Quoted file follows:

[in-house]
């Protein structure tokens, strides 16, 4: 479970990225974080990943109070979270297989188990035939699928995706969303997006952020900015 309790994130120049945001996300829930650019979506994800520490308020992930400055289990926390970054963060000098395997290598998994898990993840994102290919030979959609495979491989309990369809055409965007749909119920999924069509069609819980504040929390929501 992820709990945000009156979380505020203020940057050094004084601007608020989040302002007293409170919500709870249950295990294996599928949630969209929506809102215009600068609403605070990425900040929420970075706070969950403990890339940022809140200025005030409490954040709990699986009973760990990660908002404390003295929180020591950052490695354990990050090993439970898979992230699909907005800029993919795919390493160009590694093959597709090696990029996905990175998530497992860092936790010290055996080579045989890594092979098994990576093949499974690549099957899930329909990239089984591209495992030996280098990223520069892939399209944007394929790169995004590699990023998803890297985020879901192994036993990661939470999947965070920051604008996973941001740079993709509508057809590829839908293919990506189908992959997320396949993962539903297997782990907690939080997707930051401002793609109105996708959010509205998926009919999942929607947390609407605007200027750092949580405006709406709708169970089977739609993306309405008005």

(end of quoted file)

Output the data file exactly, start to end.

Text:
[in-house]
């Protein structure tokens, strides 16, 4: 479970990225974080990943109070979270297989188990035939699928995706969303997006952020900015 309790994130120049945001996300829930650019979506994800520490308020992930400055289990926390970054963060000098395997290598998994898990993840994102290919030979959609495979491989309990369809055409965007749909119920999924069509069609819980504040929390929501 992820709990945000009156979380505020203020940057050094004084601007608020989040302002007293409170919500709870249950295990294996599928949630969209929506809102215009600068609403605070990425900040929420970075706070969950403990890339940022809140200025005030409490954040709990699986009973760990990660908002404390003295929180020591950052490695354990990050090993439970898979992230699909907005800029993919795919390493160009590694093959597709090696990029996905990175998530497992860092936790010290055996080579045989890594092979098994990576093949499974690549099957899930329909990239089984591209495992030996280098990223520069892939399209944007394929790169995004590699990023998803890297985020879901192994036993990661939470999947965070920051604008996973941001740079993709509508057809590829839908293919990506189908992959997320396949993962539903297997782990907690939080997707930051401002793609109105996708959010509205998926009919999942929607947390609407605007200027750092949580405006709406709708169970089977739609993306309405008005």